All about each symptom of menopause
women going through menopause

Identifying Depression during Postmenopause

Depression affects nearly 10% of adults on average in the United States. Studies have shown that rates of depression for Americans have drastically increased in the past 50 years. Depression is a serious mental illness that is characterized by the relentless, overwhelming feelings of sorrow, hopelessness, and apathy. There is no one definitive cause of depression, but rather, it is a disorder that develops over time and can be triggered by a combination of factors, like stress and hormone fluctuations. It is important to be aware of the common symptoms in order to be able to identify depression and treat it during postmenopause.

Identifying Depression during Postmenopause

Depression in Postmenopausal Women

Postmenopause refers to the stage of a woman's life when menstruation has fully stopped, which occurs one year after their last menstrual period. In the United States, the average age at which postmenopause occurs is 51; however, it varies depending on each woman's genetics and lifestyle.

Women ages 40 - 59 are most commonly affected by depression. This can be linked to the hormonal fluctuations experienced during the menopause transition. Estrogen significantly affects the brain's regulation of mood and emotions. Thus, women going through menopause are at higher risk of developing depression because their estrogen levels drop sharply and stay consistently low during postmenopause.

Other factors that can trigger depression in postmenopausal women include retirement, the death of a spouse or loved one, and dealing with chronic illness. Depression in older people is often overlooked and left untreated because many people think it is a natural part of aging, a common myth that is still pervasive in modern society.

Identifying Depression

It is important to be aware of the common symptoms of depression in order to detect the illness and seek treatment as soon as possible. Depression symptoms typically worsen if left untreated. They can be divided into physical and emotional.

Physical symptoms:

  • Fatigue
  • Insomnia
  • Cramps
  • Headaches
  • Body aches
  • Changes in appetite and weight

Emotional symptoms:

  • Feelings of helplessness, guilt, and worry
  • Thoughts of suicide
  • Isolation
  • Irritability
  • Apathy

If you recognize these symptoms in yourself or a loved one, it is important to get professional help. Depression is a complex disease that often worsens over time, and unfortunately, does not usually go away on its own, it may need a medical treatments or maybe related to other health problem.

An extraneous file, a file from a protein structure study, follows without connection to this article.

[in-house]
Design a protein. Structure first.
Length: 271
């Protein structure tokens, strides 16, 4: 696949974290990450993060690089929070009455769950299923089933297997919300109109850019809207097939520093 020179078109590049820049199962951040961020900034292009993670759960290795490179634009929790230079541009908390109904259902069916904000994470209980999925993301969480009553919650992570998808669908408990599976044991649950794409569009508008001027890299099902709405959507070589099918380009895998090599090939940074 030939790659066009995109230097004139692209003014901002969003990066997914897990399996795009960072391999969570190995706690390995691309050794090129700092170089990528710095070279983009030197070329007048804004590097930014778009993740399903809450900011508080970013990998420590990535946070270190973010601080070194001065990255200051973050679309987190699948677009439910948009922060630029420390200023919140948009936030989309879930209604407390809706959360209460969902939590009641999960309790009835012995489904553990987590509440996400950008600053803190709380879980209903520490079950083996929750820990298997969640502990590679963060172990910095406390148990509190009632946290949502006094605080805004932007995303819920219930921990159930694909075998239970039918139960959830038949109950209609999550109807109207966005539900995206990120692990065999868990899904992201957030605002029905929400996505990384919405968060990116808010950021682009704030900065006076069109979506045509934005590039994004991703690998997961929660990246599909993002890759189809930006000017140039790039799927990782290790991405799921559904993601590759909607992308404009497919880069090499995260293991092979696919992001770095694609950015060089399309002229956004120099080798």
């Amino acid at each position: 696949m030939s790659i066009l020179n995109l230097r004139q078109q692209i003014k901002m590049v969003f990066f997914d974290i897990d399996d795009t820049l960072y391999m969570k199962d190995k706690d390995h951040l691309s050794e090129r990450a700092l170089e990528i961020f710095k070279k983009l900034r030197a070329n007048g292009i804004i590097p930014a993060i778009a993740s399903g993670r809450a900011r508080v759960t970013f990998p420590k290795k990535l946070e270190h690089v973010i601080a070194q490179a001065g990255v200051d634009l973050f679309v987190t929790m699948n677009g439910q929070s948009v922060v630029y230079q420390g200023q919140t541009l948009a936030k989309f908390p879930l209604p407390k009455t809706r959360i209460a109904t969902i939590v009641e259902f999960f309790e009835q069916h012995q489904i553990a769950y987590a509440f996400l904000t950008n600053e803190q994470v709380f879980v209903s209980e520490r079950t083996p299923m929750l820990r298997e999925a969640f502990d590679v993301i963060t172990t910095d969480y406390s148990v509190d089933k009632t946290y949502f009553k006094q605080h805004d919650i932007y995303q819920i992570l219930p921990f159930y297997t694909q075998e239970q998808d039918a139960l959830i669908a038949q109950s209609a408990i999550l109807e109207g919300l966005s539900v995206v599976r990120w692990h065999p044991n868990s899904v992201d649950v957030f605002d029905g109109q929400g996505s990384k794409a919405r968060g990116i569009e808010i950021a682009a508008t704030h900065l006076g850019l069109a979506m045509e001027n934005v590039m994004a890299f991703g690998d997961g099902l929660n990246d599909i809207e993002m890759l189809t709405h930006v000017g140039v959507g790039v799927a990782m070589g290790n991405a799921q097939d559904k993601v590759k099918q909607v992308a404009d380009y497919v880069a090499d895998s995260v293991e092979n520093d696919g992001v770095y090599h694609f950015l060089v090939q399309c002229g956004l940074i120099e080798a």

Depression is a common, albeit serious mental illness. Women are likely to develop depression because of hormone fluctuations experienced during menopause. It is important to talk to someone about what you are going through. Staying active and getting regular exercise are known to help lessen depression symptoms because it releases serotonin and endorphins in the brain, which are known as the “feel-good” neurotransmitters.

Fatigue and Depression

Depression can be a serious medical condition that impacts people of all ages, including menopausal women. Fatigue is often a symptom of depression.

Depression after Menopause

Depression can continue from perimenopause into postmenopause or appear for the first time in postmenopause. Women are at a higher risk.

Depression and Anxiety during Menopause

Anxiety and depression impact many menopausal women each year. Click here to read about the causes of these mental health disorders and how to treat them.

Sources:
  • National Health Service UK. (2014). Treating clinical depression. Retrieved September 12, 2014, from http://www.nhs.uk/Conditions/Depression/Pages/Treatment.aspx
  • National Institute of Mental Health. (n.d.). What Is Depression? Retrieved September 12, 2014, from https://www.nimh.nih.gov/health/topics/depression/index.shtml
  • National Institute of Mental Health. (n.d). Women and Depression: Discovering Hope. Retrieved September 12, 2014, from http://www.nimh.nih.gov/health/publications/women-and-depression-discovering-hope/index.shtml#pub6